Though the waterlogged time capsule drowned the prospect of a joyous reunion with Centralians from a half-century ago, there remains the sense that continuing story of this dauntless town is far from over.

Centralia PA Time Capsule

Centralia PA Time Capsule 2

Top: The time capsule in the foreground, what’s left of the war memorial at left

Bottom: The stone wall that once guarded the American Legion Hall

Back in 1966, they couldn’t have foreseen that the fire that had been burning on the outskirts of town for four years would still be ablaze fifty years later, or that the smoldering flames, then just a nuisance, would prove the end of the town they were glorifying.

The Centralians of 1966 couldn’t have imagined that this sacred site, in the shadow of the pink cinder block American Legion hall, would one day surrender as a forsaken shrine, that the war memorial within arm’s reach of the time capsule would be moved, like so many residents, a couple towns over.

And now that Centralia’s 150-year anniversary is upon us, the question is, will people return? Will residents who parted ways with their burning town, willingly and otherwise, come back to commemorate Centralia’s life and death? Probably so.

It wasn’t easy for people to leave Centralia. Those who bade farewell did so painfully. Third-generation Centralians clung to their property because they had known no sense of pride and place anywhere else. The few families still there today demonstrate how hard it is to break the tie that binds folks to their hometown, despite the mystifying convergence of time, place and circumstance conspired to erase Centralia from the map.

Centralia PA 4   Centralia PA Time Capsule 3 Centralia PA 10

Centralia PA 13

Scenes from abandoned Centralia


About Ben Swenson

Ben lives in Williamsburg, Virginia. He is writing a book on places of historic value that have been forgotten and are being reclaimed by nature. Abandoned Country is a companion blog to that project. You can contact him at benswenson@cox.net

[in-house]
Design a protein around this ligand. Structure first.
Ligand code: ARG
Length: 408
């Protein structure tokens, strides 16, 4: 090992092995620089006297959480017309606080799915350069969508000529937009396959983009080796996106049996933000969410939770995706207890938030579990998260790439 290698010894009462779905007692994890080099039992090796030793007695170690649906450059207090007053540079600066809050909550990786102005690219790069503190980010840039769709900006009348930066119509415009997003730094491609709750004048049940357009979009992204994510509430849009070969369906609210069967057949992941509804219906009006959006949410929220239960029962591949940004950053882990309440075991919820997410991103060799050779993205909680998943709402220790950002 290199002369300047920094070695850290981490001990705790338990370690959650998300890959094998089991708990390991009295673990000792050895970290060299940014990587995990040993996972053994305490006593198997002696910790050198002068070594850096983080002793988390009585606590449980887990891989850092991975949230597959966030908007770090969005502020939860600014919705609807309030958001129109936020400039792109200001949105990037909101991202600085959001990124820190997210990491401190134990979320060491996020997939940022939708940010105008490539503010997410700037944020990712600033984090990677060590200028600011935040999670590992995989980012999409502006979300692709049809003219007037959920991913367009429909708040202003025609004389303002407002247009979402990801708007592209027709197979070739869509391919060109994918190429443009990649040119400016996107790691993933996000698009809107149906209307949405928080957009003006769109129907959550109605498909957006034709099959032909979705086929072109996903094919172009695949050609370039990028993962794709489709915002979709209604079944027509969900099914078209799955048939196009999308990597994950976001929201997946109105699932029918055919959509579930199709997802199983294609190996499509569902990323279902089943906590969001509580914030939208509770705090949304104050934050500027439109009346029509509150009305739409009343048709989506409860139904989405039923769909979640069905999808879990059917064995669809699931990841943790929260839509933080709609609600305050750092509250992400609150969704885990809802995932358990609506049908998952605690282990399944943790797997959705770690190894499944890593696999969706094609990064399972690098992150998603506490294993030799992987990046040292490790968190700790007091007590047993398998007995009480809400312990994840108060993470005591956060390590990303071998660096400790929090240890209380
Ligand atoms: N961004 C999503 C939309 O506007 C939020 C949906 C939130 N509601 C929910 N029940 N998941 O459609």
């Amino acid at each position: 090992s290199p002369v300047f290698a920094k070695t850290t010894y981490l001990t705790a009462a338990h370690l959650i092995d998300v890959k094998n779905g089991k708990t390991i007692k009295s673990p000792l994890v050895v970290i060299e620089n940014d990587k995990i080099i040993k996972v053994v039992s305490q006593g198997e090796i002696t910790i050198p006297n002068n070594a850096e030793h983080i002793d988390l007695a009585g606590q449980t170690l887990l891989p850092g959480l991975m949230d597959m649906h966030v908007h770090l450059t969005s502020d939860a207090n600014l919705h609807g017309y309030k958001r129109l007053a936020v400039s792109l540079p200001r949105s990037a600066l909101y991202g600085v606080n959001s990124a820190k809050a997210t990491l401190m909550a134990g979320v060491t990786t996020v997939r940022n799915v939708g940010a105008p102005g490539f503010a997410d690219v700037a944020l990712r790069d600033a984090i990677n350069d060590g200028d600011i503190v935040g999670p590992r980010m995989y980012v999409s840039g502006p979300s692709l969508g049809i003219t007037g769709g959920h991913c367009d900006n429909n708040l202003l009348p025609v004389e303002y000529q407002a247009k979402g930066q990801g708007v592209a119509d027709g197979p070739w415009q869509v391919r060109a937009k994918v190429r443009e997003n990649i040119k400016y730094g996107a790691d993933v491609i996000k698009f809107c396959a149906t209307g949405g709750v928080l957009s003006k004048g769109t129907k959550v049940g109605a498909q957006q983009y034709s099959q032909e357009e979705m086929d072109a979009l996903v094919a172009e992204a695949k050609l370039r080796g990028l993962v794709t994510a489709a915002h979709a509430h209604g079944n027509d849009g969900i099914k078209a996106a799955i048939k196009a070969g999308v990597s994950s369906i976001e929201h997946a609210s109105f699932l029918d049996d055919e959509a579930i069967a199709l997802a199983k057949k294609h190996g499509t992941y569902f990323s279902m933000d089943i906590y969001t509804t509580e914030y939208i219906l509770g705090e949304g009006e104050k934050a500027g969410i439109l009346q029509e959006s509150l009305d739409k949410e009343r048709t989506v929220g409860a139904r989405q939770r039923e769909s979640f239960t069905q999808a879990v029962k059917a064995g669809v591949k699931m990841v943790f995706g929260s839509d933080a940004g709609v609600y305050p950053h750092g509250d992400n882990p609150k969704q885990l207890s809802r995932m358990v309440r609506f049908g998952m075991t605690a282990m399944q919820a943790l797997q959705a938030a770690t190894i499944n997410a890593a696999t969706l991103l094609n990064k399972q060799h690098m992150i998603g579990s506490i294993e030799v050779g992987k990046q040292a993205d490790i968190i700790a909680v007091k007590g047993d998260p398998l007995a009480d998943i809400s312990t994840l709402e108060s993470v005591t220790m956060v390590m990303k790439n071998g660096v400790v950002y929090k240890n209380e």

This entry was posted in Cemeteries, Ghost towns, Industry, Mines. Bookmark the permalink.

46 Responses to Centralia, Pennsylvania; A Time Capsule Left Behind

  1. monte jones says:

    what date is the capsule scheduled to be opened. What property is it on now…we have visited Centralia and have tried to figure out what was where…we don’t really know what we are looking at….

    • Ben Swenson says:

      Monte-I made a few attempts to contact folks in Centralia, but (not surprisingly) no one has called back, and the one gentleman I did get on the phone hung up on me–they’re understandably tired of outside inquiries.

      My best bet is that the capsule will be opened Memorial Day weekend or July 4, the latter being when the town laid the capsule in 1966. These are just guesses, though. If I learn anything more I will repost.

      As to the location, the former American Legion Hall is at the intersection of Peach St. and Centre St.

      Thanks for reading.


      • Jesse says:

        Ben, just wanted to point out;

        The old Legion, and site of the memorial, is at the intersection of Locust and Park; not Peach and Centre.

      • Dean Hooper says:

        Do keep in mind the time capsule has already been removed from it’s vault in the ground because of someone tampering with it. It is safe and stored by the local officials. (I reported this below on July 4, 2014 from the State Police report.)
        That suggests the capsule could be opened anywhere. A better location might be the cemetery where people (former residents, family and friends) seem to gather on special holiday occasions. The land is so wide open now one only will need to look around to see where the crowd is gathered, assuming one selects the right day – July 4th?

    • Michelle Thomas Waite says:

      It was opened in oct of 2014

  2. Sam says:

    Hi Ben,
    My grandparents both met and grew up in Centralia. They grew up there. We went to Centralia back in 2008 for my grandparents to explain their story. I got to see where their homes once stood, where the railroad once lied and we paid respect to those family members who have gone on long before we have. Many of my grandfather’s family is buried in the Russian Orthodox cemetery. My grandmother’s side of her family is buried near the bathtub that sits near St. Ignatius Catholic Church. When visiting, my grandfather was able to make contact with, I believe the mayor of the town. They haven’t seen each other for forty years or so. It was rather sentimental. Now that my grandfather has passed on, my grandmother is looking for anything to help her remember the past. There is only one remaining sibling from my grandfather’s side of the family; the family of 18. I believe Centralia is what she is looking for. My only hope is that she can make it long enough for the time capsule to be opened.
    In good spirits,

    • Ben Swenson says:

      Thanks for reading and for the comment, Sam. Your thoughts illustrate how deep a connection people have with Centralia, and that even though this town has in many respects been wiped from the map, it is still very much alive in peoples’ heads and hearts.